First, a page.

Long-Term Investors May Want to Keep Away from Ocugen

In 2020, the public focus on health has brought many small biotechnology companies and penny stocks, such as Ocugen (NASDAQ:OCGN), into the limelight. On June 1, OCGN stock was 17 cents. In late July, it jumped to almost $1. As I write, it’s trading above 50 cents.

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Ocugen was formerly known as Histogenics Corporation, a cell therapy company focused on orthopedics. The two companies had a reverse merger in September 2019. Pennsylvania-based Ocugen is a biopharmaceutical firm focused on discovering and commercializing therapies to treat rare eye diseases. It has a gene-therapy ophthalmology portfolio for the treatment of diseases of the eye and visual system. Its technology platform, called the OcuNanoE, offers a proprietary nanoemulsion technological approach.

Now, a large number of market participants have put OCGN stock on their radar. However, I believe it remains a risky investment. Therefore, long-term investors should proceed with caution. Here’s why.

How Ocugen Makes Money

As InvestorPlace’s Matt McCall has recently highlighted Ocugen has no revenue, so it does not make any money. I’d encourage potential investors to study the fiscal year 2019 and first-quarter FY20 results in depth.

It has incurred recurring losses and negative cash flows from operations since inception. It has funded its operating losses through the sale of common stock, warrants to purchase common stock, the issuance of convertible notes and debt. Net losses were $3.9 million and $6.3 million for the three months ended March 31, 2020 and 2019, respectively. As of March 31, it had an accumulated deficit of $55.4 million. Cash and cash equivalents stood at $3.3 million.

Ocugen is currently developing OCU400, a small molecule therapeutic. It aims to treat symptoms associated with RHO Mutation-Associated Retinal Degenerative Disease. This disease can ultimately lead to visual impairment and blindness. OCU400 has recently received orphan drug designation (ODD) from the U.S. Food and Drug Administration (FDA).

The FDA Office of Orphan Products Development grants ODD for new drugs that treat a rare disease affecting fewer than 200,000 patients in the country. According to the FDA website:

During this public health emergency associated with the COVID-19 pandemic, the Office of Orphan Products Development (OOPD) is providing sponsors with increased flexibility for submission of orphan drug designation requests and related submissions… [However] the granting of an orphan designation request does not alter the standard regulatory requirements and process for obtaining marketing approval. Safety and effectiveness of a drug must be established through adequate and well-controlled studies.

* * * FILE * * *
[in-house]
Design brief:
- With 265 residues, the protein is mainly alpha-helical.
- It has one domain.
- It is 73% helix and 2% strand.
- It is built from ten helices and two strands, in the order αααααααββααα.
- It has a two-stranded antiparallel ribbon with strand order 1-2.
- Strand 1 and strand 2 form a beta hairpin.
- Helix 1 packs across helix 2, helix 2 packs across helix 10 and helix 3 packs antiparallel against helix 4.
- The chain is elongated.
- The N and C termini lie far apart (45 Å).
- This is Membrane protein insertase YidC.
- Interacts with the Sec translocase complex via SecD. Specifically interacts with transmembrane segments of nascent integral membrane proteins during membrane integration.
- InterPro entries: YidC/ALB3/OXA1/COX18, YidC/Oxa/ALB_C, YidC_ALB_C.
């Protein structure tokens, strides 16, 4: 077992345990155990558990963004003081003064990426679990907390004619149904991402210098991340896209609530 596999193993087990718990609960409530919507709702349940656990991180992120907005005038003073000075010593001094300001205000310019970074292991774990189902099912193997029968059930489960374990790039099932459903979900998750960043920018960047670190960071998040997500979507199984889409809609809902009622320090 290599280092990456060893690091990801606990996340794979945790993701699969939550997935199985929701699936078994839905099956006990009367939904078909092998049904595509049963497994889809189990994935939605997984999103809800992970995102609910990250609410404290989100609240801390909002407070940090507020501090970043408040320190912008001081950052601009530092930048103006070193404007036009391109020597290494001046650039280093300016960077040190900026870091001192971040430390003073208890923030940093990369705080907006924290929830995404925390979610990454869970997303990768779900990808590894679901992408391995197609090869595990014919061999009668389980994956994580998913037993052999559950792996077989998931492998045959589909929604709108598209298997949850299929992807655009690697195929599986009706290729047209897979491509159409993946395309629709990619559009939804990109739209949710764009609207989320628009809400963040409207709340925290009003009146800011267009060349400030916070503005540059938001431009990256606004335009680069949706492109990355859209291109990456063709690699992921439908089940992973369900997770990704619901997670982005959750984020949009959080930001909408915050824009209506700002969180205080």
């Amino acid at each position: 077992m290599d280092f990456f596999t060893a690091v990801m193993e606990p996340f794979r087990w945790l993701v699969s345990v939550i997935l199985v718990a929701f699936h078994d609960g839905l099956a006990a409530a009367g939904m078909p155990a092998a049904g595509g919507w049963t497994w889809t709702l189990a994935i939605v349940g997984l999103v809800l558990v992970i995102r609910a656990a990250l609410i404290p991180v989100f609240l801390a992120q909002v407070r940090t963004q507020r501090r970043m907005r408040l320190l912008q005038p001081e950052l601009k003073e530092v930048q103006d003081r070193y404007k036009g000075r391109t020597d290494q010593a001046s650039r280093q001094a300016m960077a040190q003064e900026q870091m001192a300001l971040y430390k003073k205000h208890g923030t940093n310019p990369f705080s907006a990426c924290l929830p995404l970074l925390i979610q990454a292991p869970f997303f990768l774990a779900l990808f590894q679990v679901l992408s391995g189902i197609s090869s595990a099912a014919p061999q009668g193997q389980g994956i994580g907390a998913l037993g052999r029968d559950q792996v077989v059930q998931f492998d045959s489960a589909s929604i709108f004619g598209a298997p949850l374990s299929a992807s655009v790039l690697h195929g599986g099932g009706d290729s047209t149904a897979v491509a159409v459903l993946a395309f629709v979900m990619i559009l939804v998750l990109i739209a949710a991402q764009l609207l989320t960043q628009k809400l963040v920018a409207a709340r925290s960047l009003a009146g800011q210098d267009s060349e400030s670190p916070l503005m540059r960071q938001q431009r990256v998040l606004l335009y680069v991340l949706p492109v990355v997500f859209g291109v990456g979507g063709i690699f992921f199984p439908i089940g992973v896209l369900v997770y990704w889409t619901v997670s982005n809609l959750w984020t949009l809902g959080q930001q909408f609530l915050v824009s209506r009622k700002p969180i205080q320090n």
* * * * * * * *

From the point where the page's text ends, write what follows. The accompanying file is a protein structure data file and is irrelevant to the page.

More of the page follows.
Put another way, having an ODD may sound good on paper. Yet it does not mean that there will be an approved drug or revenue any time soon.

OCGN Stock Is Risky

Ocugen is a penny stock. U.S. Securities and Exchange Commission (SEC) describes a penny stock as “a security issued by a very small company that trades at less than $5 per share… Investors in penny stocks should be prepared for the possibility that they may lose their whole investment (or an amount in excess of their investment if they purchased penny stocks on margin).”

In recent research led by Kar Kei Lo of the University of Hong Kong, the authors conclude, “some individual investors may prefer stocks with lottery features involving low-priced stocks.” If you are among those market participants, then OCGN stock may have a place in your speculative portfolio. However, you have to be well aware of the risks involved in putting capital into such shares.

Another research paper by Faris Sumadi of University of Massachusetts, Boston also states “Biotech is driven by stories, but those stories don’t always have happy endings, as the current valuations might imply they do. The logic of the science combined with the hope of the people adds up to huge optimism.”

It’d also be important to remember the history of the merger between Ocugen and Histogenics. Their reverse merger, which was announced in April 2019, finalized in late September 2019. Then the newly formed Ocugen initiated a 60:1 reverse stock split, resulting in a major loss of value for the shares. In early September 2019, prior to the merger, the stock was over $17. Yet on its first trading day as OCGN stock, it traded around $2.5. And in November, it fell below 30 cents.

At the time, investors wondered about the potential synergies of such a union between two companies that hardly had anything in common. Those questions are still valid.

The Bottom Line

Ocugen is working on the discovery of treatments for rare eye diseases. However, it has no approved therapies or revenue. Its dwindling cash position is not likely to change or improve much any time soon.

Unless you are one of those investors who has risk capital that can be lost without hurting personal financial circumstances, you may want to keep away from Ocugen shares.

Tezcan Gecgil has worked in investment management for over two decades in the U.S. and U.K. In addition to formal higher education in the field, including a Ph.D. degree, she has also completed all 3 levels of the Chartered Market Technician (CMT) examination. Her passion is for options trading based on technical analysis of fundamentally strong companies. She especially enjoys setting up weekly covered calls for income generation. As of this writing, Tezcan did not hold a position in any of the aforementioned securities.

Article printed from InvestorPlace Media, https://investorplace.com/2020/08/ocugen-ocgn-stock-speculative-investment/.

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